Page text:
” The culture at large regularly instructs people on how to be heterosexual. Movies, television, popular music, and advertising are about almost nothing else. But gay men and women, at least until recently, have had only books to help them find or invent or test their identities. ” –Christopher Bram, Mapping the Territory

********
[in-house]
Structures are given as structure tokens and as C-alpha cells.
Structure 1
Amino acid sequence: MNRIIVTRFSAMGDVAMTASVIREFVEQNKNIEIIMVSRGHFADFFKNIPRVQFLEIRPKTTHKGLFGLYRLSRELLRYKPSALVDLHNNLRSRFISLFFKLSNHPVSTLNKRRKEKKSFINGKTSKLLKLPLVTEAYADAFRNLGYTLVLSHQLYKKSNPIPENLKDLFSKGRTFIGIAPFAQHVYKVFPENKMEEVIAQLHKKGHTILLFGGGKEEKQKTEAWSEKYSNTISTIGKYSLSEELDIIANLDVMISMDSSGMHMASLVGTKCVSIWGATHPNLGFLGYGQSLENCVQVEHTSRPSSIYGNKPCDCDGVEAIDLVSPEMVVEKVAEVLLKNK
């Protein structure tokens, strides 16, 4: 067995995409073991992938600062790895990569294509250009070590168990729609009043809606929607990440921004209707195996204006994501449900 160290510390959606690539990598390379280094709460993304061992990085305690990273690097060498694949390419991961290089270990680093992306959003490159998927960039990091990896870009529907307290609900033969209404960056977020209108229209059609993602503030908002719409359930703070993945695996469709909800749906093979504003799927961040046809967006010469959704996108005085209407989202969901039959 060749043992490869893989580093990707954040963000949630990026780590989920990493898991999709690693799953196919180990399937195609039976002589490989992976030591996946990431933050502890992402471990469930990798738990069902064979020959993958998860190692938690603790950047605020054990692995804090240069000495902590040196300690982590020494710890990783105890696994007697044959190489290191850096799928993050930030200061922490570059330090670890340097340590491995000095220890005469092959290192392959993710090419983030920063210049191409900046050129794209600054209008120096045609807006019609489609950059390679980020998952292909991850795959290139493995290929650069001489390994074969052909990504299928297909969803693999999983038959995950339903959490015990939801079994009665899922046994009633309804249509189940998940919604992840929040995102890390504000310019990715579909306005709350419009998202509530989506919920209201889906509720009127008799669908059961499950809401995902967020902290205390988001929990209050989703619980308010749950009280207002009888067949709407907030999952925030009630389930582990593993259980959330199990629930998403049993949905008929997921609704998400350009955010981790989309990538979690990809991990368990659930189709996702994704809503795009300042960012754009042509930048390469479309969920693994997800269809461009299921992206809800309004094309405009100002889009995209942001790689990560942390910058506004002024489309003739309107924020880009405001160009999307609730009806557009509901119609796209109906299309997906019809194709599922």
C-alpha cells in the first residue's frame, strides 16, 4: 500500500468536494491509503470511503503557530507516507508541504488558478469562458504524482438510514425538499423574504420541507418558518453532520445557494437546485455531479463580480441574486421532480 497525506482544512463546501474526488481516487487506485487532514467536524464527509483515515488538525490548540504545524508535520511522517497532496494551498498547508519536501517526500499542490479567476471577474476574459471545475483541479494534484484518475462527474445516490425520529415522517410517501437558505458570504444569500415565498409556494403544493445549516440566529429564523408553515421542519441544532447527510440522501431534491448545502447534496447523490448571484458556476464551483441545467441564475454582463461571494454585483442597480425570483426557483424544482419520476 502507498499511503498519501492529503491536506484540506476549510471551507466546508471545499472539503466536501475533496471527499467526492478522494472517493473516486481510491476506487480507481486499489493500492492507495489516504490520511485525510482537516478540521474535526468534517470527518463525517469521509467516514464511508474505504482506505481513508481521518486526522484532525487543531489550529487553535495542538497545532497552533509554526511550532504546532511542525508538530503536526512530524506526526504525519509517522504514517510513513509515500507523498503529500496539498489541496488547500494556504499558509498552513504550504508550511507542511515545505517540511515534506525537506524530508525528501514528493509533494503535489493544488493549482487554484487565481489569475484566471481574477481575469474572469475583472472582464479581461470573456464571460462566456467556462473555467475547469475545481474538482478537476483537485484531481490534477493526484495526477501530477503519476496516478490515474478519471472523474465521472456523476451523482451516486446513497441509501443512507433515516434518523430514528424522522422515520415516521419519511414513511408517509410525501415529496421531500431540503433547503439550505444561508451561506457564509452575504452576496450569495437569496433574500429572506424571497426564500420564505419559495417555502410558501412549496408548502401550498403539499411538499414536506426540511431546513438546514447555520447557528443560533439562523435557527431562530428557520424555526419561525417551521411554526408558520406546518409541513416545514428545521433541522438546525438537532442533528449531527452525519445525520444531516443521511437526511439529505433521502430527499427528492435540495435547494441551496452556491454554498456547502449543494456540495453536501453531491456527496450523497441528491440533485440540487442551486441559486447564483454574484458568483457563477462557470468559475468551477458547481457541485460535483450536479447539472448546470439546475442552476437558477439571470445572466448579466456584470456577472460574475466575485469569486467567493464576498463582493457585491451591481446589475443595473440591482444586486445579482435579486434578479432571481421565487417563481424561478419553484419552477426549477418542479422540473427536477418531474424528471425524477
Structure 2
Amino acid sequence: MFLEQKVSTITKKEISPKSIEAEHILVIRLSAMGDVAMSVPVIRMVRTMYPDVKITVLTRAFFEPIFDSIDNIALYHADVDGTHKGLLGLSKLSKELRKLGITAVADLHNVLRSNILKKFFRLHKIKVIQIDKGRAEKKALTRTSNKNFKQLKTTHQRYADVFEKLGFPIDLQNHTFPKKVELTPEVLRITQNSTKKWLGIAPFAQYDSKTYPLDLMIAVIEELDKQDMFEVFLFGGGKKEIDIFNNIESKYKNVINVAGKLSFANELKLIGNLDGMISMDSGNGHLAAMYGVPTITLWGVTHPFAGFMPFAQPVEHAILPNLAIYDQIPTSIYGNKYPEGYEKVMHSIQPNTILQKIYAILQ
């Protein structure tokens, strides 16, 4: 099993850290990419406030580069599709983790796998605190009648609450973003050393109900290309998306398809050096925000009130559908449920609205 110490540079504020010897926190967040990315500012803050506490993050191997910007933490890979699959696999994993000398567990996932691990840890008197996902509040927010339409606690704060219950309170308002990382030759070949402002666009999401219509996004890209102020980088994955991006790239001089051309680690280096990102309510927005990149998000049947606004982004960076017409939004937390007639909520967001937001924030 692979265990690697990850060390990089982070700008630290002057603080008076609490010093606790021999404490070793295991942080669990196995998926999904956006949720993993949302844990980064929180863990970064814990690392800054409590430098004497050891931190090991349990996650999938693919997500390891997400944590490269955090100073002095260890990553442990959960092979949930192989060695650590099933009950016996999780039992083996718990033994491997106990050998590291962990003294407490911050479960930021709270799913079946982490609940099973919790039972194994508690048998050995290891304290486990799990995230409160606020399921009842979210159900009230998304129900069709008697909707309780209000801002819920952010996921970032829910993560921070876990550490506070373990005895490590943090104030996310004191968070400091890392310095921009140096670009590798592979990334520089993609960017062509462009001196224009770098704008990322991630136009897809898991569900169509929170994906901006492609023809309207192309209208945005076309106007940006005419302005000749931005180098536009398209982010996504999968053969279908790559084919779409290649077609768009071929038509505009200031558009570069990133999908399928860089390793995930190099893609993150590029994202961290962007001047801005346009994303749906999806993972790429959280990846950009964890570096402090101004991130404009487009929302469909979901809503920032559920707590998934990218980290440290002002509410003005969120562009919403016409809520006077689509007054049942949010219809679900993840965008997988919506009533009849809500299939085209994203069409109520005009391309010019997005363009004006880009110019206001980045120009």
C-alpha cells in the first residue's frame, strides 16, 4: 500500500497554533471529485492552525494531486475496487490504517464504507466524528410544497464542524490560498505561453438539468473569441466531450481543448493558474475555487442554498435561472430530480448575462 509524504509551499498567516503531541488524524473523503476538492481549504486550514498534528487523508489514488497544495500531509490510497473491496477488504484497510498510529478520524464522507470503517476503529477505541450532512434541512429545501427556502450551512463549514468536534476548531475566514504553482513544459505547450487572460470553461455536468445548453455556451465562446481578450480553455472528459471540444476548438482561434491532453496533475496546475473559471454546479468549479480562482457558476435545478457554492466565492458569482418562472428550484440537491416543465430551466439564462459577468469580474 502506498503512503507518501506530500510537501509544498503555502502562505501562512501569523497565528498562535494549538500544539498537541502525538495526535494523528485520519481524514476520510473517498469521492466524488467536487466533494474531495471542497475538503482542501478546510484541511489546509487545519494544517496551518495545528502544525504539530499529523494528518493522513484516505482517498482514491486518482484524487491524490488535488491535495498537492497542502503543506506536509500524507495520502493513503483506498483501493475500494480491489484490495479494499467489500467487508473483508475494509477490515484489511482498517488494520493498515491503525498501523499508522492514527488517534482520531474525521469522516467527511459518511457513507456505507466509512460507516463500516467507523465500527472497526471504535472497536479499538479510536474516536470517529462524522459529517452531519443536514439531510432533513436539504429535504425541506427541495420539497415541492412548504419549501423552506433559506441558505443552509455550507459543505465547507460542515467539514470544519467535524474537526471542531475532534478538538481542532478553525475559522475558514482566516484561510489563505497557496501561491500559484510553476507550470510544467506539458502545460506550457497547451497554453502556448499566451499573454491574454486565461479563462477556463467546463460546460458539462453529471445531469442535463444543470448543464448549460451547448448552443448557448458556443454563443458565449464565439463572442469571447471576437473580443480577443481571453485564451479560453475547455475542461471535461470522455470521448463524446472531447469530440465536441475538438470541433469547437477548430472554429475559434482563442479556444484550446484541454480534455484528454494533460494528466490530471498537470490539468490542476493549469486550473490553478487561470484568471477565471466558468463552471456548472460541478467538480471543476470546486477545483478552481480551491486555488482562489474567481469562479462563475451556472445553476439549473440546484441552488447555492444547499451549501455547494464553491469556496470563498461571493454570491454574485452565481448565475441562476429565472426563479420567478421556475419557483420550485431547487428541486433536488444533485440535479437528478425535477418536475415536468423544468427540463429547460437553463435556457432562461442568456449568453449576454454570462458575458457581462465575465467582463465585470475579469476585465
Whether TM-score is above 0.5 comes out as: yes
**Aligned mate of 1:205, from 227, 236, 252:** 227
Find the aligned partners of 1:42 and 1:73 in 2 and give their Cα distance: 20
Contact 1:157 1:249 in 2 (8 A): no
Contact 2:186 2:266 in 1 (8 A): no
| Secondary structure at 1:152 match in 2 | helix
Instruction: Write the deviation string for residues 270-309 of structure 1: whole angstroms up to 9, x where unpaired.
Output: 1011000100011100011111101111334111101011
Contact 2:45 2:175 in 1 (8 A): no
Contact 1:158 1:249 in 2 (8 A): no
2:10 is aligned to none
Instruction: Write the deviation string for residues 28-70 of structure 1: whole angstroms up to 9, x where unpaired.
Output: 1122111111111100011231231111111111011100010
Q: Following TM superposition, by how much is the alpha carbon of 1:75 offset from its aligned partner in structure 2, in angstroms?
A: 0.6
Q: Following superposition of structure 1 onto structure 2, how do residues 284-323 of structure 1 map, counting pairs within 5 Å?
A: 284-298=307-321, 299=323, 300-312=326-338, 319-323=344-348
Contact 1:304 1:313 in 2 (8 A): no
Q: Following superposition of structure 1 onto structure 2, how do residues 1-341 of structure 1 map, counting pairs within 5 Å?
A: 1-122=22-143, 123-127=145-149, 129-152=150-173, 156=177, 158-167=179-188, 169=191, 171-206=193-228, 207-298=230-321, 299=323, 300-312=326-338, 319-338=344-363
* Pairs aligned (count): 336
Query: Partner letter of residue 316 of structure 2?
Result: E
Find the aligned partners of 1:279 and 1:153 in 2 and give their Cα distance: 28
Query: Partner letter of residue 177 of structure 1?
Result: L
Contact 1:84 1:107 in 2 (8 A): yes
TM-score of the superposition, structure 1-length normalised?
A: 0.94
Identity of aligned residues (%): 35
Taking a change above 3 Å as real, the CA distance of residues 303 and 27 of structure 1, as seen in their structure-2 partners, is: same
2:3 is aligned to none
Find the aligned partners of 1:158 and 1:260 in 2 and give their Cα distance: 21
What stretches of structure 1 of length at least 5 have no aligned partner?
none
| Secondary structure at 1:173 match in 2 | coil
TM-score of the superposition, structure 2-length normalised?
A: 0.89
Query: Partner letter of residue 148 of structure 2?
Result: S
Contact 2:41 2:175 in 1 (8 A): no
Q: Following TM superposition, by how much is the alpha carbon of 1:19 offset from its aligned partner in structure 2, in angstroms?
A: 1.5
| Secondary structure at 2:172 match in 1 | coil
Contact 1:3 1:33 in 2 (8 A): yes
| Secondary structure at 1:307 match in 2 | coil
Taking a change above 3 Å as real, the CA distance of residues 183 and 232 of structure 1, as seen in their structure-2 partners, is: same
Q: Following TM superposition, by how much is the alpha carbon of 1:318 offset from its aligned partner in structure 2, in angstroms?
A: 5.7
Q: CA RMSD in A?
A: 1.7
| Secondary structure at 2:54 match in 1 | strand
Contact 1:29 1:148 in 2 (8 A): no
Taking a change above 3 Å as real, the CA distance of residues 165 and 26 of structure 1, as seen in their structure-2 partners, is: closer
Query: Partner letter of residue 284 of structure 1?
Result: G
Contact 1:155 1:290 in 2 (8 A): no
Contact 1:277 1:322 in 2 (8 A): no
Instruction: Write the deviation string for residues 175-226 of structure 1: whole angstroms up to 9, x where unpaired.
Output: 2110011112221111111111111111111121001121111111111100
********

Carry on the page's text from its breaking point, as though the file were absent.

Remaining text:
When you were a 11-year-old boy who just arrived in America, who were surrounded by an incomprehensible culture, and who was gay, who could to you confide in all your fear and confusion? Despite the advent of civil rights for the gays, I’m surprised at how much Bram and I have in common our experiences of being a young homosexual. In Mapping the Territory, a collection of essays that falls into the autobiographical zone, Bram mentioned the books that made him as a person. Mr. Bram and I are two generations apart, yet we are both at the mercy of books, which offer the most diverse set of tools for an individual to find his self. I could be prejudiced here, but I believe literature provides a looser, broader, more varied medium in which to explore one’s identity than movies and television do—even now as gay and lesbian images make their way into mass media. A book has a delay factor, that is, the time taken to finish from cover to cover is way longer than watching a movie. Back when financial resources were limited, I read my way into homosexuality. I remember stopping by two bookstores on the way home from school, Doubleday on Sutter and Bretano’s in the San Francisco Shopping Center on Market, where I lost myself in a forest of books. I wouldn’t go as far as calling myself a literary construct, but the love of books was already stamped into my being before I realized I was attracted to men. I loved books before I loved bodies—the bodies didn’t appear until junior high. Ina society where all voices are pro-heterosexual, homosexual thoughts are strictly taboo, let alone the lust. I don’t remember the title of the psychology book I stumbled upon in the bookstore, that gave me the first usual piece of information, about most adolescents go through a homosexual phase. Bookstores were heaven for this solitary and private, self-sufficient and bookish kid who wanted to read up for being gay. Books were magic: I found myself entering a dialogue with them. I use them to address my sexuality, a safe place where I can try out different roles. More important, I see through books the kind of life that I would have learned to want through my reading.